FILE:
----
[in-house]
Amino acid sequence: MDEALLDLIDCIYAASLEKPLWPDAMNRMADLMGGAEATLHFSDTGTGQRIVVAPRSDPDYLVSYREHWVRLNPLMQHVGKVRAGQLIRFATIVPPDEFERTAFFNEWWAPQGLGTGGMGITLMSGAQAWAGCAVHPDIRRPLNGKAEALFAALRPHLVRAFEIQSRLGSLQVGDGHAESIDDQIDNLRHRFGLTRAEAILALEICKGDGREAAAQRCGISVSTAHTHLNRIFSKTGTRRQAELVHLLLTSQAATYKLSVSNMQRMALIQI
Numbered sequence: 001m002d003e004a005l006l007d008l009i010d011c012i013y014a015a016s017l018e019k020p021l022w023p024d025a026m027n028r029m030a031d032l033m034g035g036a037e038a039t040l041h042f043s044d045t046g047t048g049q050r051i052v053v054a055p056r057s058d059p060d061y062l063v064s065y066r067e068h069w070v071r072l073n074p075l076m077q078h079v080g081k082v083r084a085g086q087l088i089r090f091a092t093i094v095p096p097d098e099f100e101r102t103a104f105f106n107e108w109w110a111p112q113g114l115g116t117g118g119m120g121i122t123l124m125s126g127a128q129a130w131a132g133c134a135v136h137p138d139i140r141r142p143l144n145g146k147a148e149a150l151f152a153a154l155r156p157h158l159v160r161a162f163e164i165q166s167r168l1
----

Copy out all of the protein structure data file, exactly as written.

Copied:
[in-house]
Amino acid sequence: MDEALLDLIDCIYAASLEKPLWPDAMNRMADLMGGAEATLHFSDTGTGQRIVVAPRSDPDYLVSYREHWVRLNPLMQHVGKVRAGQLIRFATIVPPDEFERTAFFNEWWAPQGLGTGGMGITLMSGAQAWAGCAVHPDIRRPLNGKAEALFAALRPHLVRAFEIQSRLGSLQVGDGHAESIDDQIDNLRHRFGLTRAEAILALEICKGDGREAAAQRCGISVSTAHTHLNRIFSKTGTRRQAELVHLLLTSQAATYKLSVSNMQRMALIQI
Numbered sequence: 001m002d003e004a005l006l007d008l009i010d011c012i013y014a015a016s017l018e019k020p021l022w023p024d025a026m027n028r029m030a031d032l033m034g035g036a037e038a039t040l041h042f043s044d045t046g047t048g049q050r051i052v053v054a055p056r057s058d059p060d061y062l063v064s065y066r067e068h069w070v071r072l073n074p075l076m077q078h079v080g081k082v083r084a085g086q087l088i089r090f091a092t093i094v095p096p097d098e099f100e101r102t103a104f105f106n107e108w109w110a111p112q113g114l115g116t117g118g119m120g121i122t123l124m125s126g127a128q129a130w131a132g133c134a135v136h137p138d139i140r141r142p143l144n145g146k147a148e149a150l151f152a153a154l155r156p157h158l159v160r161a162f163e164i165q166s167r168l1